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Bywell CofE Junior-01323

Subject Intent

At Bywell Junior School we believe that reading is an essential life skill which underpins all areas of the curriculum and our core values. We are committed to providing the children with a literacy rich environment, high quality texts and inspiring learning opportunities which will enable them to gain a lifelong enjoyment of reading, books as well as developing their own personal values.

We encourage our pupils to progress through all the levels of our home/school reading scheme (this includes a wide range of text types – fiction, non-fiction, graphic novels, classics etc.). Once the children have progressed through this scheme, we believe the children have the independence to choose appropriate texts that interest them and challenge them as readers, developing their sense of justice and compassion – as well as reading texts that have been recommended to them either by their peers or by an adult.

Evidence shows that children’s ability to read, process and understand texts underpins their ability to access the whole of the curriculum. This confidence and competence when applying these skills will engage our pupils love and thirst for learning and will help them grow as learners who show endurance, compassion, are creative, independent and resilient.

At Bywell we aim to listen to all our children read every week, we encourage them to speak clearly and with fluency. We want them to apply their knowledge of phonics in order to decode unfamiliar words with increasing accuracy and speed. Our pupils are encouraged to read and speak with expression, clarity and confidence – through their reading, when in class, around school in assemblies (when allowed) and to visitors. Through reading our pupils develop a good knowledge of vocabulary and grammar and are constantly invited to ask for the meanings of words they are unsure of.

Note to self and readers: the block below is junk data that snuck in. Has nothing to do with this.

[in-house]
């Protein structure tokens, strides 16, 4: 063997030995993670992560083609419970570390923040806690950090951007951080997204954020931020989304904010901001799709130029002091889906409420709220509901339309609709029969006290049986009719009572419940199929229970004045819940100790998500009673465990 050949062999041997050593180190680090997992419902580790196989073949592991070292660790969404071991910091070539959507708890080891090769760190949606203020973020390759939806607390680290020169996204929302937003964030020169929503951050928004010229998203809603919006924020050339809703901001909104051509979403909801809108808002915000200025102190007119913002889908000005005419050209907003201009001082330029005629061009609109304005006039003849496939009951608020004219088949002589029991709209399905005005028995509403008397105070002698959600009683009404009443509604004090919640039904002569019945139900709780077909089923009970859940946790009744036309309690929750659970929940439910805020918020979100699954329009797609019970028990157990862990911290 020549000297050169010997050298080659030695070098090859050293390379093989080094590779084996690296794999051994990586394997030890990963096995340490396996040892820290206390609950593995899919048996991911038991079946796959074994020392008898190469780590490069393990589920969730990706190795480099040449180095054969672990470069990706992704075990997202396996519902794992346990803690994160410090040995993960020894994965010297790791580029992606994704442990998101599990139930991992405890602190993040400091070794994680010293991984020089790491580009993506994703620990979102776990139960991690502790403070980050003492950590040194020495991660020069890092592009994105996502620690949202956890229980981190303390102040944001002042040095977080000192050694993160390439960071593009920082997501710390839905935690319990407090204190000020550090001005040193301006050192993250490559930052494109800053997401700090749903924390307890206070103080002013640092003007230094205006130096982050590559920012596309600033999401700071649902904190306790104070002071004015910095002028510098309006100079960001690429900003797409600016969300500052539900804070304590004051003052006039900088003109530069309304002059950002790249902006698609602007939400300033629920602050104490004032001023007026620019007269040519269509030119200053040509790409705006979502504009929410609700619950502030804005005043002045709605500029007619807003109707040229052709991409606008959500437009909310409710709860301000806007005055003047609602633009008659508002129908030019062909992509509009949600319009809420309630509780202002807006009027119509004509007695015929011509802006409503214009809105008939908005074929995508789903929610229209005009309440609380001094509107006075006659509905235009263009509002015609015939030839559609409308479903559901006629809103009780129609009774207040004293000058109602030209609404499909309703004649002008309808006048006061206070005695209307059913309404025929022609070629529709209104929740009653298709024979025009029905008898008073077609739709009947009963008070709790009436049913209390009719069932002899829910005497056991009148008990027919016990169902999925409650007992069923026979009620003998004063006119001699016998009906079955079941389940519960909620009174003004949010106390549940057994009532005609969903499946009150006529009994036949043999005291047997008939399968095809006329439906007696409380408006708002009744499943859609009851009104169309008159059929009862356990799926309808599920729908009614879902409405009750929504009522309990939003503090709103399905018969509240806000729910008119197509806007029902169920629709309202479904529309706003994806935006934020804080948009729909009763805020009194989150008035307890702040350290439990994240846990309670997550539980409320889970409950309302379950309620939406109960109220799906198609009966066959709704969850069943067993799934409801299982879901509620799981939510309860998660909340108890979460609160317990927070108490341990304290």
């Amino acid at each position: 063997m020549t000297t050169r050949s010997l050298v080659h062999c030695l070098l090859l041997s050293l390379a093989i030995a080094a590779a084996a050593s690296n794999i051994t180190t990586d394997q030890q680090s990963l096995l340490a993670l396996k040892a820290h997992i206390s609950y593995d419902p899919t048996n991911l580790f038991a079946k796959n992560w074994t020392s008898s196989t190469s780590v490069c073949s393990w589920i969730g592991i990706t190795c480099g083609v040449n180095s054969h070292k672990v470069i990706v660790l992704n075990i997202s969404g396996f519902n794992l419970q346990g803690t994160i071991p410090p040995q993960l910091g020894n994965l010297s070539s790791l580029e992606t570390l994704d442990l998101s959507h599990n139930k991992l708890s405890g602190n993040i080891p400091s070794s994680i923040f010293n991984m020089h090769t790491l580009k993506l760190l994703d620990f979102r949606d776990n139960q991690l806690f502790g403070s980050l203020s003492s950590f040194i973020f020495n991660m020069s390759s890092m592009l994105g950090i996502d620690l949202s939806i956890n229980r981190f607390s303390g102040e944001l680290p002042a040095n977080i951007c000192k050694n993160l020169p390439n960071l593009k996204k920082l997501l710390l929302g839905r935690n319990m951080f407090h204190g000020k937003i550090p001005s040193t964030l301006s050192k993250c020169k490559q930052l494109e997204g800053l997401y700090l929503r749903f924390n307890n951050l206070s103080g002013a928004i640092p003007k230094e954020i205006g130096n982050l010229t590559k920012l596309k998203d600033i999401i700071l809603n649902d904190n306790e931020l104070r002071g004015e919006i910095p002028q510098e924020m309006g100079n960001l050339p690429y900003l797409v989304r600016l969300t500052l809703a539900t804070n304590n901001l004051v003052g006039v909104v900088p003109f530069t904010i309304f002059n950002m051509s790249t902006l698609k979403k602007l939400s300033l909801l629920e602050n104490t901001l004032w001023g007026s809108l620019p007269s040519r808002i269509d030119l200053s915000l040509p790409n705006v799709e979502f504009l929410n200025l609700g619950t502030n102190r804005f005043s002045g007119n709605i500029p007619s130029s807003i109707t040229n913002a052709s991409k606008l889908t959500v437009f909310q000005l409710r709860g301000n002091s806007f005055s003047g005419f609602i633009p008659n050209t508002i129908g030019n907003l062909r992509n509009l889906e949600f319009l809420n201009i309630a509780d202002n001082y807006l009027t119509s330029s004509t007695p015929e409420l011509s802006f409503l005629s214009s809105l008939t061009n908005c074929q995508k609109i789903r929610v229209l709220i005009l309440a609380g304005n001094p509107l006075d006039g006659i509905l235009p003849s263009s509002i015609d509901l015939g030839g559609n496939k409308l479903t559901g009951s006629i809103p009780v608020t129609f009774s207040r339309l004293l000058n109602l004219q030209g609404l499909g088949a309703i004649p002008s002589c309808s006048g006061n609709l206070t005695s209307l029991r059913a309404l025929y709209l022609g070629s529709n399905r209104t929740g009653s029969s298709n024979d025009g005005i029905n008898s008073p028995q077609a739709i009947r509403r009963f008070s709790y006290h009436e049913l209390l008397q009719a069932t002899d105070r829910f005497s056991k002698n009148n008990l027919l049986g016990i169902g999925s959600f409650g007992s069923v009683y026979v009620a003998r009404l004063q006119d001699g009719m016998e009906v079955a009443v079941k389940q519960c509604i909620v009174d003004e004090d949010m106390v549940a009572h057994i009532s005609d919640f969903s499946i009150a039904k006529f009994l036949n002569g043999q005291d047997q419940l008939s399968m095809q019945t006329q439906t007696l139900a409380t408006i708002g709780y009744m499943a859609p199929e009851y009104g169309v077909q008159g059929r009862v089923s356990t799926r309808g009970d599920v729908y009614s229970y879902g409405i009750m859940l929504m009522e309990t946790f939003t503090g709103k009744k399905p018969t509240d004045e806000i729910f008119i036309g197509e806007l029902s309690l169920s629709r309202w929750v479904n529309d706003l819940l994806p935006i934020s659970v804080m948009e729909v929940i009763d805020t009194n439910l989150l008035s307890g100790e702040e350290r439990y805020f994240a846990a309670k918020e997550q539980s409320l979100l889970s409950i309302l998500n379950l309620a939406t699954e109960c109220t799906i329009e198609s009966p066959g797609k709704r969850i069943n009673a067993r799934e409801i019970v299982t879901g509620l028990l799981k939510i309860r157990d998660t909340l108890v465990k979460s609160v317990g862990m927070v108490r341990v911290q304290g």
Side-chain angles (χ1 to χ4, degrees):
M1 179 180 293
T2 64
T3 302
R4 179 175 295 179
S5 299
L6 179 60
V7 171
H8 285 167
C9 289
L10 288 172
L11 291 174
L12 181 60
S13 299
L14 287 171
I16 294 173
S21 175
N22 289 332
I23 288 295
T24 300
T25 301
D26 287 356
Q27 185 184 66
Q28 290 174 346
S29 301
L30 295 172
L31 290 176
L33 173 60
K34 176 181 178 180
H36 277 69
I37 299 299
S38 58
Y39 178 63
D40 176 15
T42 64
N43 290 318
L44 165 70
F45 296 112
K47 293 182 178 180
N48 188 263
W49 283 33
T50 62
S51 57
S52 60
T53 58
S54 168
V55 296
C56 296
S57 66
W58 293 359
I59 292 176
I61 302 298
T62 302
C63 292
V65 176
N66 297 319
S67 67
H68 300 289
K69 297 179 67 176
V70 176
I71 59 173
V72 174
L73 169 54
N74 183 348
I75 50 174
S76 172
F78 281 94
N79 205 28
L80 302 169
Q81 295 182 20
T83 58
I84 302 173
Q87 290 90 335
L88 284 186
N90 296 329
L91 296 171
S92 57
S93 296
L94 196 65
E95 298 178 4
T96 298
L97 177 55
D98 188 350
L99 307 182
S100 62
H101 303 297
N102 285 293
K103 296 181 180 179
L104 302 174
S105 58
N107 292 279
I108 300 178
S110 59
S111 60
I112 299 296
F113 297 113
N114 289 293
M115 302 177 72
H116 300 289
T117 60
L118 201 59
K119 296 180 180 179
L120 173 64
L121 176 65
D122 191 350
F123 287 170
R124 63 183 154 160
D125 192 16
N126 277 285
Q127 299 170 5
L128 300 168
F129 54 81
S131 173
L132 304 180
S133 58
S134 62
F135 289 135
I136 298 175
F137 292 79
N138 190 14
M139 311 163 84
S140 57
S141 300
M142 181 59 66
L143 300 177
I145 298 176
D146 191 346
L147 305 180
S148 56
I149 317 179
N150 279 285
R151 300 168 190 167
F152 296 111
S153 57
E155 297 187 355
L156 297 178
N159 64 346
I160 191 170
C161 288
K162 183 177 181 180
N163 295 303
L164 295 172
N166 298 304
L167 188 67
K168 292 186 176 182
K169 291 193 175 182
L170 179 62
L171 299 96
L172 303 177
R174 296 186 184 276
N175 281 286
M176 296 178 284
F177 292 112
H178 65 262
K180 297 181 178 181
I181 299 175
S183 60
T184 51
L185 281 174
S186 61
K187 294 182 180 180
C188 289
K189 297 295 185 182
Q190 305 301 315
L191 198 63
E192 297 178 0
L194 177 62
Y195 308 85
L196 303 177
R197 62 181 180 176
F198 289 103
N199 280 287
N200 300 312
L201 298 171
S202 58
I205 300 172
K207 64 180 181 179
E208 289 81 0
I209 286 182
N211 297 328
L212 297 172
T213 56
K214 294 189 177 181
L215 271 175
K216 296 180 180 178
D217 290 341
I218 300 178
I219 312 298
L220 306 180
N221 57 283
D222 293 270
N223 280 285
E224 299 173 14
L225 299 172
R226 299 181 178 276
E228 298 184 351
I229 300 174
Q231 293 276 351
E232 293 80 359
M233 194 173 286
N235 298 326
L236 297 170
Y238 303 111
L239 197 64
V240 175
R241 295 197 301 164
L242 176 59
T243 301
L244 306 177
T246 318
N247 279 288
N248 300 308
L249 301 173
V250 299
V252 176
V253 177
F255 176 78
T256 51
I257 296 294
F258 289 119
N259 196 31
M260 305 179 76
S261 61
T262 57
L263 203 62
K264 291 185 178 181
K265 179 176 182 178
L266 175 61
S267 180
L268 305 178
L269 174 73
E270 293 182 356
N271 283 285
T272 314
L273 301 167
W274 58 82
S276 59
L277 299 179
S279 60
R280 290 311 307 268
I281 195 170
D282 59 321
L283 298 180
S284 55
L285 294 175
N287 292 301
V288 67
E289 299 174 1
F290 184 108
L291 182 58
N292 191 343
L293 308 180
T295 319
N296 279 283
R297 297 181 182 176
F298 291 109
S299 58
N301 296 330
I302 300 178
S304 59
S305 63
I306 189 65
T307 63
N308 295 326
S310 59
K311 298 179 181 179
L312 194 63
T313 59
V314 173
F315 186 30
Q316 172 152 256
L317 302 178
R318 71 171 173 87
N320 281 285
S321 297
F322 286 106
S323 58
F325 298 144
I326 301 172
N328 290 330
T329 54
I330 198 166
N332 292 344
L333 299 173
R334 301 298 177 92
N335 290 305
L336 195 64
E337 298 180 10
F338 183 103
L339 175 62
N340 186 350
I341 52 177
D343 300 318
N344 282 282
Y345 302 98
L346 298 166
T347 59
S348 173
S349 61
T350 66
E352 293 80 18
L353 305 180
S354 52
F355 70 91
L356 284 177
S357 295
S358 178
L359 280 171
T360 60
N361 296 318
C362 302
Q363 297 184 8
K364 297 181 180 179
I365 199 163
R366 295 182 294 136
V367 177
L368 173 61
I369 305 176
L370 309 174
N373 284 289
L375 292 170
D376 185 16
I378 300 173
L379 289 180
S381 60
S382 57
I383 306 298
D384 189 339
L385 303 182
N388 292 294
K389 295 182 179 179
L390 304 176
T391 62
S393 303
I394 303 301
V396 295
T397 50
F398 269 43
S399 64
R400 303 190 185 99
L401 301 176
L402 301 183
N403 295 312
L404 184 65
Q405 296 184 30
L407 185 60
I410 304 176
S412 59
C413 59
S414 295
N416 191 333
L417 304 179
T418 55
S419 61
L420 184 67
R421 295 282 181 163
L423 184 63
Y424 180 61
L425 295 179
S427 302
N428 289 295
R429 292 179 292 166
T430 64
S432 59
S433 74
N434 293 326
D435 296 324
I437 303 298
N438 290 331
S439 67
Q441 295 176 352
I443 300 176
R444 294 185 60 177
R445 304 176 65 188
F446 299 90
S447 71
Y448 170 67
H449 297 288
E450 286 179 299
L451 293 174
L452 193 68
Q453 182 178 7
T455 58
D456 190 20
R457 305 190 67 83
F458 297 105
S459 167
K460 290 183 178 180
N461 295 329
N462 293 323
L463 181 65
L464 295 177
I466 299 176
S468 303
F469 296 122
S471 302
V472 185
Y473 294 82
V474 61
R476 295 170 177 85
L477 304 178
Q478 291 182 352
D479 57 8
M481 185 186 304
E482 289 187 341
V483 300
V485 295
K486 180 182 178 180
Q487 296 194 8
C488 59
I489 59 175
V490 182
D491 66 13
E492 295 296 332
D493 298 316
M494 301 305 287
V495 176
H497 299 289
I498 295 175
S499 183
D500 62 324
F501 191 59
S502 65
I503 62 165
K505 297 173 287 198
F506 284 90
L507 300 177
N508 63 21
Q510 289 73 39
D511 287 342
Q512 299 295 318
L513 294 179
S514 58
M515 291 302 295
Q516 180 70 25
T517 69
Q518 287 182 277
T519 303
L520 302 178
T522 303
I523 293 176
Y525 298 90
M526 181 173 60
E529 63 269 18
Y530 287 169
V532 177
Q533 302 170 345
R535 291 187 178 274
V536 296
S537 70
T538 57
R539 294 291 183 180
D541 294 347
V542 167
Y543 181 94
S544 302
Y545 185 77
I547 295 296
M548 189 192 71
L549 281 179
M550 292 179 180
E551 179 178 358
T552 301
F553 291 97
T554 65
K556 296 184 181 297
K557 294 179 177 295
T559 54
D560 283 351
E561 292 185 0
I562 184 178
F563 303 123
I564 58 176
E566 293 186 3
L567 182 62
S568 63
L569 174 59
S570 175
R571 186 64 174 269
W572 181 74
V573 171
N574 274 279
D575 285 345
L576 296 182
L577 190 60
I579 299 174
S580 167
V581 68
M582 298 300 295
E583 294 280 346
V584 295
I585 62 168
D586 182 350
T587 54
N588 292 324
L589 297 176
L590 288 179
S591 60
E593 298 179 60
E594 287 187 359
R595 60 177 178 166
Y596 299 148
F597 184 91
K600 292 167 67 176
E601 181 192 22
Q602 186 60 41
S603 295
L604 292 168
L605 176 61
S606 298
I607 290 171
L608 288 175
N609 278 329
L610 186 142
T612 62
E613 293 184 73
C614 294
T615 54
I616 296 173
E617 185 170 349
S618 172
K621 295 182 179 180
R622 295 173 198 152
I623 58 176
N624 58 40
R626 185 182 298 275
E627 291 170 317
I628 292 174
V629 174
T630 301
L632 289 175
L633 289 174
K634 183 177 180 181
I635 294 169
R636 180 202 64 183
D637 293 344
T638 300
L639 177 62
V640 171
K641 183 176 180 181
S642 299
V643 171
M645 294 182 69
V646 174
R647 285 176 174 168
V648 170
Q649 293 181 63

At Bywell our children are introduced to a range of fiction and non-fiction genres through their English lessons, Reading for Pleasure/Listening for Pleasure lessons and reading comprehension activities. This range of high-quality texts and the work that takes place allows for meaningful, thoughtful class discussions and allows the children to develop a sense of empathy and compassion. It also allows the children the opportunity to use the language structures and vocabulary in their own work.

The children at Bywell have many opportunities to read and discuss texts. Each classroom has a well-stocked library which is periodically restocked with diverse authors, texts that question viewpoints and popular new releases – this is through discussions with members of each class. Children also regularly visit the school library where there is a vast variety of books. Time is dedicated to each part of the week for the children to ’Drop it and read’ and it is our aim to listen to each child every week. Throughout the year a love of reading is promoted by author visits, librarian visits, World Book Day etc.

Subject Implementation

  • Children are provided with books that match and support their phonics skill and ability .
  • Ensure children who are independent readers choose a variety of high-quality texts that are age appropriate and challenging.
  • Children will be encouraged to read with greater fluency and be able to use their phonic strategies to decode unknown words as well as ask for the meaning of unfamiliar vocabulary.
  • Show endurance by reading for more prolonged periods of time and for a range of purposes.
  • Use ‘Pupil Voice’ as a way of capturing the children’s views about reading and how it can be developed.